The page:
compliance with an amendment to the Medical Schemes Act 131 of 1998. This
development however does not affect the issue arising in the matter.

[2] The scheme operated in the following manner. The employees used medical services
and suppliers of their choice. They settled the accounts themselves in full. The appellant
thereafter reimbursed the employees 75% of the medical costs, subject to annual limits
whereafter the employer’s participation was 100%. In the case of prescribed medicines,
the employee was reimbursed 60% of the costs.

[3] Paragraph 2(1) of the Fourth Schedule to the Income Tax Act 58 of 1962 dictates that
every employer who pays any amount by way of remuneration to an employee shall
deduct from that amount by way of employees’ tax an amount which shall be determined
as provided in paras 9, 10, 11 or 12, whichever is applicable, in respect of the liability for
normal tax of that employee, and shall pay the amount so deducted to the Commissioner
within seven days after the end of the month in which the amount was deducted. The
appellant did not deduct any amount from the employees’ remuneration in respect of the
reimbursements made on medical costs and medication. The Commissioner for the South
African Revenue Service ruled in respect of the years ending February 1998, 1999 and
2000 that the reimbursements constituted taxable benefits subject to employees’ tax as
contemplated in para 2(1) of the Fourth Schedule. The Commissioner dismissed the
appellant’s objection to the assessments, hence the appeal to this court.

[4] The dispute involves the question whether the reimbursements were taxable in the
hands of the employees. A number of questions on that issue were canvassed in the
dossier. However, at the appeal, Mr Lewis, who appeared on behalf of the appellant,
intimated that he relied exclusively on a single issue. That issue involved the question
whether the reimbursements amounted to 66 SATC 360 at Page 362

‘gross income’ as defined in s 1 of the Act, viz the total amount in cash received by the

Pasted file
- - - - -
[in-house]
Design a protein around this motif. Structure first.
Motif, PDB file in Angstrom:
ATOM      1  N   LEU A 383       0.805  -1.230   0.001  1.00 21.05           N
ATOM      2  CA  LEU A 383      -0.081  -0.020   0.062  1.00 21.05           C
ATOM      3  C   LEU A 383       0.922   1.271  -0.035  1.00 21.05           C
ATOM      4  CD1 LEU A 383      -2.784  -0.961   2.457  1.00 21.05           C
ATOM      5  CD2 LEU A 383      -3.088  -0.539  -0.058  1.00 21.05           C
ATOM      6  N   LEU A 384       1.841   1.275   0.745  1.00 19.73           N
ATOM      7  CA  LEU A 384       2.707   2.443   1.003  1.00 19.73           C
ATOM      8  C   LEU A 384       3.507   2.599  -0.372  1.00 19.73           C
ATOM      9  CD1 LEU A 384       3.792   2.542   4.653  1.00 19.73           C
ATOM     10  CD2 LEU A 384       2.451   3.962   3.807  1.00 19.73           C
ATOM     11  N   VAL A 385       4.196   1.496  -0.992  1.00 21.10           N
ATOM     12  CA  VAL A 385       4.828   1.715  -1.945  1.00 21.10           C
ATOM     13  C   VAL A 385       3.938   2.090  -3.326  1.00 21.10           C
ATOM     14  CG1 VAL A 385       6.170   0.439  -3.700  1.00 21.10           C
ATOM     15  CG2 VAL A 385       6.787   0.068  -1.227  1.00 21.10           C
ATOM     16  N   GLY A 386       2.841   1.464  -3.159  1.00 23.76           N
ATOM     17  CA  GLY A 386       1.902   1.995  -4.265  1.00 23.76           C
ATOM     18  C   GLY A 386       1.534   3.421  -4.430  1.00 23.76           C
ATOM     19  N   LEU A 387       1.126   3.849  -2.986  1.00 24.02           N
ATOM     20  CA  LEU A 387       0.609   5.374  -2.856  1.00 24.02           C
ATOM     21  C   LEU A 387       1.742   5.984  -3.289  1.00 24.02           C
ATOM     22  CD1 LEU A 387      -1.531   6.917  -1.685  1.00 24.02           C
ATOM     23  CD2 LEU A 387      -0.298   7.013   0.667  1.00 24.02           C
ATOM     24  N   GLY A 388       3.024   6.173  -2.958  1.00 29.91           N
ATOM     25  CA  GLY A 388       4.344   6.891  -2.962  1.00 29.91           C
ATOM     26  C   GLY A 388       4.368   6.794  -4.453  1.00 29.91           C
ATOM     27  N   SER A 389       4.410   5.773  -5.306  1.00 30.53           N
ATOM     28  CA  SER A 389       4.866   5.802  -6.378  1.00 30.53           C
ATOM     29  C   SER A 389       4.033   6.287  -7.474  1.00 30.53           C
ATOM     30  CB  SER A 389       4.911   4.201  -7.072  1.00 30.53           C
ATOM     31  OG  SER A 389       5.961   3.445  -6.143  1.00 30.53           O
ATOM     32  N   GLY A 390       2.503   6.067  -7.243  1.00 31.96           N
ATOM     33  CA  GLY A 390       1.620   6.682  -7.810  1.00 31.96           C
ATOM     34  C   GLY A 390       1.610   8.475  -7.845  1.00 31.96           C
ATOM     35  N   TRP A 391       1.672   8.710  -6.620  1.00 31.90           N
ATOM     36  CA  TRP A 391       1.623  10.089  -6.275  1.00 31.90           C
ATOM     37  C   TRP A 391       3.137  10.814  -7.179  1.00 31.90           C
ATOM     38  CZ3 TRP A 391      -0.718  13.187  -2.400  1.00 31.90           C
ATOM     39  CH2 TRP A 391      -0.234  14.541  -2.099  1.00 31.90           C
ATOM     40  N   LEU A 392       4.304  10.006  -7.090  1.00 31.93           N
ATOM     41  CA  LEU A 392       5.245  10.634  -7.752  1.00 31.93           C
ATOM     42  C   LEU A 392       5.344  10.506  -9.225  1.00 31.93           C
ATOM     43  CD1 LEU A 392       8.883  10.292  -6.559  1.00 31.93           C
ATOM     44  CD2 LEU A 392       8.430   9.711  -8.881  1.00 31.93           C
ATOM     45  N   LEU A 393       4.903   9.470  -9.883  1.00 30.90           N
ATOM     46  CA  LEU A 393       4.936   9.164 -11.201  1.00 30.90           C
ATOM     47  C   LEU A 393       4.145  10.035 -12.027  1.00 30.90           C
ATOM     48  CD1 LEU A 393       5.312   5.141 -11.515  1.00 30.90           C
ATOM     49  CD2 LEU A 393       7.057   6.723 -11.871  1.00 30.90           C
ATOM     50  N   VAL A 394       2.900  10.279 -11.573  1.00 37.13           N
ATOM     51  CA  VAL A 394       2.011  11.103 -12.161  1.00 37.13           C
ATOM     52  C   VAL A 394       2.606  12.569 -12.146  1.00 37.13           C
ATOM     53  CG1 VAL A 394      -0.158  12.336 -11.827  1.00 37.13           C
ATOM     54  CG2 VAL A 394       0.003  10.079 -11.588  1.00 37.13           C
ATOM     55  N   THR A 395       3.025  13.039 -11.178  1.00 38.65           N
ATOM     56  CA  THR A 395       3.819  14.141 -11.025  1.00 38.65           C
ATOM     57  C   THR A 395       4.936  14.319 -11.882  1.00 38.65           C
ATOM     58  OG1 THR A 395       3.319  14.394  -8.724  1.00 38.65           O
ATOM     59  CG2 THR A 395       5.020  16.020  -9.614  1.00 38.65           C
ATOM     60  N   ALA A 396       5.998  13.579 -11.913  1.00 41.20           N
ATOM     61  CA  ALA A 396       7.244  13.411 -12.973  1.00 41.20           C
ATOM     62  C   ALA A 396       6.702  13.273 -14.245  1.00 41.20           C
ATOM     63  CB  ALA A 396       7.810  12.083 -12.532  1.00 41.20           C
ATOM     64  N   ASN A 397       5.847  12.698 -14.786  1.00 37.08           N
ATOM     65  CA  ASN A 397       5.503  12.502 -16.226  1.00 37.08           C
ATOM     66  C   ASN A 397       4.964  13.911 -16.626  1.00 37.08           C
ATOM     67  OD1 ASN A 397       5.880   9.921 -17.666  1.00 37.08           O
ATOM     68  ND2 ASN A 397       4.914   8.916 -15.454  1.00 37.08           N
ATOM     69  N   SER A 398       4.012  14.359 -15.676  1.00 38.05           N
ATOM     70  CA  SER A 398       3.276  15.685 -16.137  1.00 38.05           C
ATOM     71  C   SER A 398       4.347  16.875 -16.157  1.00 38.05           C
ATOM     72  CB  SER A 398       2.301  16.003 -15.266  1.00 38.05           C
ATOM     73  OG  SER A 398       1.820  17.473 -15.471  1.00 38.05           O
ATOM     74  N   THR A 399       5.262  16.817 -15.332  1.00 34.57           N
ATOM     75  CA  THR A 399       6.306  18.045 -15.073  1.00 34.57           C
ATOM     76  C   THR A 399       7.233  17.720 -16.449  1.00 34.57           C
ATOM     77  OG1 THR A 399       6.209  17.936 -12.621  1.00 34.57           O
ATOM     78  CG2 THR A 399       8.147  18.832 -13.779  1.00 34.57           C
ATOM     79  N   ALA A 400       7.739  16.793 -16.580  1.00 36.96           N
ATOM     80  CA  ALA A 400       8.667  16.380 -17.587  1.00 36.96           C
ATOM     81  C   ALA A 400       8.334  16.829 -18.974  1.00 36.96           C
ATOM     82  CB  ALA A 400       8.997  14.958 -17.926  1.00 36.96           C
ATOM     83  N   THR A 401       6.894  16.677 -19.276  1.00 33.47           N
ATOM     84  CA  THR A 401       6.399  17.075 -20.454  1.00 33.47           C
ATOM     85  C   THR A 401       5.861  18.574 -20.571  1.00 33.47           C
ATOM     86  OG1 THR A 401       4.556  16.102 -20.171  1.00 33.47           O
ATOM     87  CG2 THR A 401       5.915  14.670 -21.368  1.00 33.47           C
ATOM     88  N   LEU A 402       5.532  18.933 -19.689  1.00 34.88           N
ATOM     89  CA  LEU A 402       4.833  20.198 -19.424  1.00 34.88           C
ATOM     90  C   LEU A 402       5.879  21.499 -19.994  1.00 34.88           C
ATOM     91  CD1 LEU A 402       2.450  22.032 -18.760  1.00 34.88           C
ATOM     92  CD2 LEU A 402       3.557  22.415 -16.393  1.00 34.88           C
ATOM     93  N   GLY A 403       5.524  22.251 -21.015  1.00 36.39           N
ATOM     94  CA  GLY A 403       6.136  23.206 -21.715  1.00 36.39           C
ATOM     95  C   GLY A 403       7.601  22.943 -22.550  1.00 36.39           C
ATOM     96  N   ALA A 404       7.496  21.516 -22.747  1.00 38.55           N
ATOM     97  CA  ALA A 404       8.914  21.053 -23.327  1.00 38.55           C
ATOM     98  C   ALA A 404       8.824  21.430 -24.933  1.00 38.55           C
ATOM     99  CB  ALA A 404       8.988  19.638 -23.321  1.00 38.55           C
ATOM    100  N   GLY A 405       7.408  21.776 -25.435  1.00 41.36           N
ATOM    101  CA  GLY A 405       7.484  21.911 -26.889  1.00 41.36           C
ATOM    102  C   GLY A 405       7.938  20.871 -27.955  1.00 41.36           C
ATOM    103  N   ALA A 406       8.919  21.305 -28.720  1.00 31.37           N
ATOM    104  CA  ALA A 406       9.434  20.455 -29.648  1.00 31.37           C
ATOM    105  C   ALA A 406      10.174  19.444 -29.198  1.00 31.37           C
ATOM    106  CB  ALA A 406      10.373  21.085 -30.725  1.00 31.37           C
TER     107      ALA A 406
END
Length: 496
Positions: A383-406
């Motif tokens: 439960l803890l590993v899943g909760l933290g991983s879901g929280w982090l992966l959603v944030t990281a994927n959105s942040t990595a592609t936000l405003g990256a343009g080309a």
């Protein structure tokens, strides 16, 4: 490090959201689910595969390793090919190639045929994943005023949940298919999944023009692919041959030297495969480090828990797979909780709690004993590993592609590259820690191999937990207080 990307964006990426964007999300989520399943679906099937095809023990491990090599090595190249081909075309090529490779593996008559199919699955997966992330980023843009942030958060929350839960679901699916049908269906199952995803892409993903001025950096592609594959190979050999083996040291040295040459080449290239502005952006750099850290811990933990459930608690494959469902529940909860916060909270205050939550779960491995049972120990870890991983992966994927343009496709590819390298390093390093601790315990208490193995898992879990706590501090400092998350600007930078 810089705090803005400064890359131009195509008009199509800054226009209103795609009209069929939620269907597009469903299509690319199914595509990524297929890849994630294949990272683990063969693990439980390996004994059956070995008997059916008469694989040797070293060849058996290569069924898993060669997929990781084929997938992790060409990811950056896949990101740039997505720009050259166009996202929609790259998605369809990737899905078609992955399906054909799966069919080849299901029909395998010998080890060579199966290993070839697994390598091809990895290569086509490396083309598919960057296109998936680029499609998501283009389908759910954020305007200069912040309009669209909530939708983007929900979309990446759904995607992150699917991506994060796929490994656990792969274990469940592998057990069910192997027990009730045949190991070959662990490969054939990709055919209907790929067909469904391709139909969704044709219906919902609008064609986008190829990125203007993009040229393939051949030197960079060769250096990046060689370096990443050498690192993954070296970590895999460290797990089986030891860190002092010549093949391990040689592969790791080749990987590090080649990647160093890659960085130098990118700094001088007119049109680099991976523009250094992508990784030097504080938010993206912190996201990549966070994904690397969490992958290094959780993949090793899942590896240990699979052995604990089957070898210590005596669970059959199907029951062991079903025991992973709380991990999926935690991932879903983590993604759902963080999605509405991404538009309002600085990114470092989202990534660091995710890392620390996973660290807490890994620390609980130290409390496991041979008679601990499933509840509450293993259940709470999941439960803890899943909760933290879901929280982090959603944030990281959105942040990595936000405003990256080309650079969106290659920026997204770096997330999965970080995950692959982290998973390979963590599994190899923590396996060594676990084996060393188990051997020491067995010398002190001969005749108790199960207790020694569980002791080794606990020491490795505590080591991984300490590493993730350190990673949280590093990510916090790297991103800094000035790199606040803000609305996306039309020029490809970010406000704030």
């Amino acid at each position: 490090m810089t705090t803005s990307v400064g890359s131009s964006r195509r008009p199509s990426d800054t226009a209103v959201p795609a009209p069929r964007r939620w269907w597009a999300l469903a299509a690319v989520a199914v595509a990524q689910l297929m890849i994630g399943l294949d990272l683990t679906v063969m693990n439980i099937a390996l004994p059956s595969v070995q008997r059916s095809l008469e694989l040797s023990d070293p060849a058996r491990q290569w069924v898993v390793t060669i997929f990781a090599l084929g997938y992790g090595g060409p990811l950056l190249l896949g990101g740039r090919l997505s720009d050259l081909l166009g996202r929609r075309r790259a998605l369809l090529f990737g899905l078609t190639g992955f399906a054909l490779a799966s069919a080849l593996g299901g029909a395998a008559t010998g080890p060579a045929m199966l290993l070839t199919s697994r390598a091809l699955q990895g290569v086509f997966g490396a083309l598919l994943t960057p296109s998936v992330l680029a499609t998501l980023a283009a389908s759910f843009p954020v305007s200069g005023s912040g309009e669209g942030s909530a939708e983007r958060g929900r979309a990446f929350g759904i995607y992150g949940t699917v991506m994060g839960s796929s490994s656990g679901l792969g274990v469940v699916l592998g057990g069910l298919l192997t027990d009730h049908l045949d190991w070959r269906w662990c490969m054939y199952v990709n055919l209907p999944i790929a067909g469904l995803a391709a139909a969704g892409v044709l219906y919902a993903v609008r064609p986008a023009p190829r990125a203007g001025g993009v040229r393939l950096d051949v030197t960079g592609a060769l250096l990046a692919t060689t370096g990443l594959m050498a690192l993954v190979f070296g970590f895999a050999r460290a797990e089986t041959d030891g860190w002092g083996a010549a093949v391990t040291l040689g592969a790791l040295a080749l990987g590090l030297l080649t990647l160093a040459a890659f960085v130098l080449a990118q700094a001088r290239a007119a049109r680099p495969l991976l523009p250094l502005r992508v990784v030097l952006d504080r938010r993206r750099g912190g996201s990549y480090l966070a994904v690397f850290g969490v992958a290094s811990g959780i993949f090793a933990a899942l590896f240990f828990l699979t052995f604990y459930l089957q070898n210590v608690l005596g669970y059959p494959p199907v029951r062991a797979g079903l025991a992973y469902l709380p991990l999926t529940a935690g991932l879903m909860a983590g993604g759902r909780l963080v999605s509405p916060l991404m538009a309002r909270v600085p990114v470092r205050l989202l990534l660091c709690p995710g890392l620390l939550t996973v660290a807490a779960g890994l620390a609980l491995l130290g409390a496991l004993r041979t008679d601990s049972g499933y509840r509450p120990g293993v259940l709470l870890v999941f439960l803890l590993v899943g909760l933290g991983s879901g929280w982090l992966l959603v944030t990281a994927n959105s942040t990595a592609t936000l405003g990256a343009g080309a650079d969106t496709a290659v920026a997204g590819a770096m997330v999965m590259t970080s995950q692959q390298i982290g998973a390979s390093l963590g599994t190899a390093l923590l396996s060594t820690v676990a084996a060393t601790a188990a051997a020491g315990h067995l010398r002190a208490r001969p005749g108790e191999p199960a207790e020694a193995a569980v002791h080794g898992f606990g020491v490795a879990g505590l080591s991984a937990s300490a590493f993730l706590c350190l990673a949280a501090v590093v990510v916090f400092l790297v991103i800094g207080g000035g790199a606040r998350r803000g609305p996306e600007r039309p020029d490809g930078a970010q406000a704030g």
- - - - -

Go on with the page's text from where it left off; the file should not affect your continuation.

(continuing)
employee during the year in issue; such amount including any award received in respect
of services rendered or by virtue of any employment. See too para 2(h) of the Seventh
Schedule.

[5] Mr Lewis submitted that the various amounts paid by the appellant to its employees
under the medical aid scheme would constitute gross income only if they were designedly
worked for (Commissioner for Inland Revenue v Pick ’n Pay Employee Share Purchase
Trust 1992 (4) SA 39 at 57, 54 SATC 271 at 287). He further submitted that the
definition of gross income requires a causal link between the receipt of the amount and
employment (Stander v Commissioner for Inland Revenue 1997 (3) SA 617 (C) 59
SATC 212). He submitted that the employees worked in order to claim salaries, not to
claim benefits under the scheme; that therefore their quid pro quo for the medical benefits
was becoming ill.

[6] Counsel’s contention cannot hold. It is so that the employee received the benefit only
when he or she incurred and paid the medical expenses; however, the fact of requiring
medical treatment was not the quid pro quo for the reimbursement. The employee
received that benefit by virtue of his or her employment. This is clear from the
employment contract, which states: ‘Upon commencement of employment you will
automatically become a member of the Company Medical Scheme.’ The employees were
obliged to render services to the appellant; the benefits were in respect of those services.
The medical scheme was part of their employment benefits. The reimbursements paid
thereunder were not gifts and as such unrelated to the employment of the beneficiaries;
they were paid to the employee in his or her capacity of employee, by the appellant in its
capacity of employer. The employee’s services, in other words, was a sine quo non for
the payment of their salaries, as well for the receipt of the medical benefits (see Tuck v
Commissioner for Inland Revenue 1988 (3) SA 819 (A) at 833C).(1) Those benefits
clearly constituted ‘gross income’ taxable in the hands of the employees. The appellant
should therefore have effected the deductions required in terms of para 2(1) of the Fourth
Schedule.

[7] The members of the court are in agreement that the appellant has failed to discharge
the onus of showing that the Commissioner’s assessments were wrong (s 82 of the Act).

[8] In the result, the appeal is dismissed.

In terms of s 83(19)(a) of Act No 58 of 1962, I hereby indicate that I consider that this
judgment ought to be published for general information.

Footnotes:

1. 50 SA Tax Cases 98 at 113.